Carers more stressed, less able to take breaks and less supported by paid services, finds study

Research with over 40,000 carers finds they are also less involved in their loved-ones' care, less satisfied with the services they receive and less socially connected, prompting warnings they are at 'breaking point'

An older person looking stressed
Image: Syda Productions

Carers are more stressed, less able to take breaks and less supported by paid services, a survey of over 40,000 has found.

They are also also less involved in their loved-ones’ care, less satisfied with the services they receive and less socially connected, found NHS Digital’s 2021-22 study into the lives of unpaid carers, a regular survey last carried out in 2018-19.

The findings prompted Carers UK to warn that carers were “at breaking point” on the back of the lack of support and isolation they had suffered during the pandemic.

The charity joined adult social services directors in urging more government cash to tackle the issue, but the Department of Health and Social Care responded by pointing to the investment it was already putting in.

Drop in services and breaks

The survey identified a drop in the number of carers reporting that their loved-ones were accessing services compared with 2018-19, which it said was likely to be, in part, due to the impact of Covid.

Just 30% of carers reported that their loved-ones had received home care in the previous 12 months, continuing a steady decline from 40% recorded in 2014-15, while about 18% said the cared-for person had accessed day care, down about 10 percentage points on 2018-19.

Day services were particularly hard hit by closures during Covid lockdowns.

Just 13.3% of respondents said the person they cared for accessed services that allowed them to take a break for more than 24 hours, down from 19.6% in 2018-19, while 10.5% said they could access breaks at short notice, a drop from 13.6% in the previous survey.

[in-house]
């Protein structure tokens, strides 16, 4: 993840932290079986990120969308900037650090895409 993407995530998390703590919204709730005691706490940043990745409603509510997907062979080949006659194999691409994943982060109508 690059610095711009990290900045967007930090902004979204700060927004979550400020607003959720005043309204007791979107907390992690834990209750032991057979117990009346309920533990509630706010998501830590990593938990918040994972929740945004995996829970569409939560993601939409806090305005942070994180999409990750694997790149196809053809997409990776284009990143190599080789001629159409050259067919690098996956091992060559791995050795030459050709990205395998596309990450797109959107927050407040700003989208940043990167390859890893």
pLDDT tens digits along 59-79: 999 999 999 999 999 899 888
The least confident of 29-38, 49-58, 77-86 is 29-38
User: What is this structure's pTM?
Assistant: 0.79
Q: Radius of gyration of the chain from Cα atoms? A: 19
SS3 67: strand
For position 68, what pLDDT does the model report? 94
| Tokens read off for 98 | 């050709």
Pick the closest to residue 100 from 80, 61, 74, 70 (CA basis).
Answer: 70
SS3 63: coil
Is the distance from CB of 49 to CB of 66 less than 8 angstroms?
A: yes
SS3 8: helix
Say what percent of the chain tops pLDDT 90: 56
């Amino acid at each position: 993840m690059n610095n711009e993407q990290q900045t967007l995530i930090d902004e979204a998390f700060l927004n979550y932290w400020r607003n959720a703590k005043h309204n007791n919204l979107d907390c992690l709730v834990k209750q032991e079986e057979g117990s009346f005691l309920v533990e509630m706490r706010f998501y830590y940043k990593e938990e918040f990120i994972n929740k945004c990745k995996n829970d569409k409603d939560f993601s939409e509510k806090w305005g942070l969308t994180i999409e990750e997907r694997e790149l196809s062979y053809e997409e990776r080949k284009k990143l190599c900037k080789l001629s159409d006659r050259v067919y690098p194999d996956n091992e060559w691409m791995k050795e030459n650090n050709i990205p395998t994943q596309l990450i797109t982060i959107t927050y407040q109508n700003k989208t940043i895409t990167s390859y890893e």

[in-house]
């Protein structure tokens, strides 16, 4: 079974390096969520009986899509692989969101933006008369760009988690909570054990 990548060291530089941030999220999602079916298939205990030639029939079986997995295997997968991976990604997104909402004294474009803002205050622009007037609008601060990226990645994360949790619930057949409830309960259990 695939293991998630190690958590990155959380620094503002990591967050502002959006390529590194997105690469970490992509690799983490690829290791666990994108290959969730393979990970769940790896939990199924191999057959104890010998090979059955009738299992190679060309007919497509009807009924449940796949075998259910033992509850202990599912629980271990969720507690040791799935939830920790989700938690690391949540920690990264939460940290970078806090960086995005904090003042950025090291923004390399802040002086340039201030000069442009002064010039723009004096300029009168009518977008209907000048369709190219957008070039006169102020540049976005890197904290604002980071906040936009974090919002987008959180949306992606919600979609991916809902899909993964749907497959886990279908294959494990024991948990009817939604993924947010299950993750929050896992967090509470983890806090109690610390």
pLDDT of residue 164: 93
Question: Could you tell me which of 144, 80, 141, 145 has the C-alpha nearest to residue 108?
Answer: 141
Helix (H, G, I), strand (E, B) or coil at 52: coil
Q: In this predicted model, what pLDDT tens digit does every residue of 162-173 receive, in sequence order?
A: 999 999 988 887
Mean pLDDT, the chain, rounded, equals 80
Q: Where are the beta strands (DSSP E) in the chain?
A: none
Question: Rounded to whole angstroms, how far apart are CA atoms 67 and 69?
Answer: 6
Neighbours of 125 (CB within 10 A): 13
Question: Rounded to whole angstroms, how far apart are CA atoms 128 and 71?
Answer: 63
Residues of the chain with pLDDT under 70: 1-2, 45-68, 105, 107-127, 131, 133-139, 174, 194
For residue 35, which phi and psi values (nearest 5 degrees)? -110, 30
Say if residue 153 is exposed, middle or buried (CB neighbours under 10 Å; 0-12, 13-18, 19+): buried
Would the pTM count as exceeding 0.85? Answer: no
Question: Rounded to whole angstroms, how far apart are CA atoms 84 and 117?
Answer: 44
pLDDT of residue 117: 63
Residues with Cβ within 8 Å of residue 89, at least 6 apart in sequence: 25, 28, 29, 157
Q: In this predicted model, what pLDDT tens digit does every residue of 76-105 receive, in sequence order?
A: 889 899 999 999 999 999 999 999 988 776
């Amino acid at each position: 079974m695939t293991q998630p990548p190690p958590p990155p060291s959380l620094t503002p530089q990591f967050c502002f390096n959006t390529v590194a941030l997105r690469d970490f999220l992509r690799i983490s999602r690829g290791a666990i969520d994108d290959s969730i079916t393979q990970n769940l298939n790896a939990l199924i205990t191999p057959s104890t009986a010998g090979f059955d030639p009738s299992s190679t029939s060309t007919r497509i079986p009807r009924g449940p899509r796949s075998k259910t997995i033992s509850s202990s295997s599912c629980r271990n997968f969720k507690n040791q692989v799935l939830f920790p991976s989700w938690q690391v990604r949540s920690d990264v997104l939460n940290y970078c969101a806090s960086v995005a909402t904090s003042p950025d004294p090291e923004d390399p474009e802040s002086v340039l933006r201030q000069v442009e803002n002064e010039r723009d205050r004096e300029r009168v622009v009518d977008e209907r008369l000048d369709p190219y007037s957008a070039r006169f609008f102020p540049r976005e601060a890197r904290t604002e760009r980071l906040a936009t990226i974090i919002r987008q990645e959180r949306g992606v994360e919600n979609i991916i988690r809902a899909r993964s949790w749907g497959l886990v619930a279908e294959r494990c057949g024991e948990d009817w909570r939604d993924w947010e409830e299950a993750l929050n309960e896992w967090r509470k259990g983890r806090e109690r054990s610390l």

Carers were also less involved in their loved-ones’ care, with the proportion saying there had been no discussions about services increasing from from 31.2% to 36.1%, while 22.6% said they always felt involved in discussions, down from 27.4% in 2018-19.

Less access to services and less satisfaction

The report also said that carers were less likely to receive a service in their own right, with 28.6% saying they had not accessed support or services from their council in the past year, up from 23.1% in 2018-19.

This reflects previous research findings that the introduction of a statutory entitlement to support for carers under the Care Act 2014 had not increased the numbers receiving services.

The NHS Digital research also found that those who did receive support were also less satisfied with it overall, with 36.3% of this group saying they were extremely satisfied, compared with 38.7% in 2018-19.

The survey also found worsening mental health among respondents, with the proportion saying they felt stressed rising from about 60% to 63%, while about 48% reported feeling depressed, up from about 45% in 2018-19. The proportion reporting a mental health problem rose from 10.9% to 13.2%.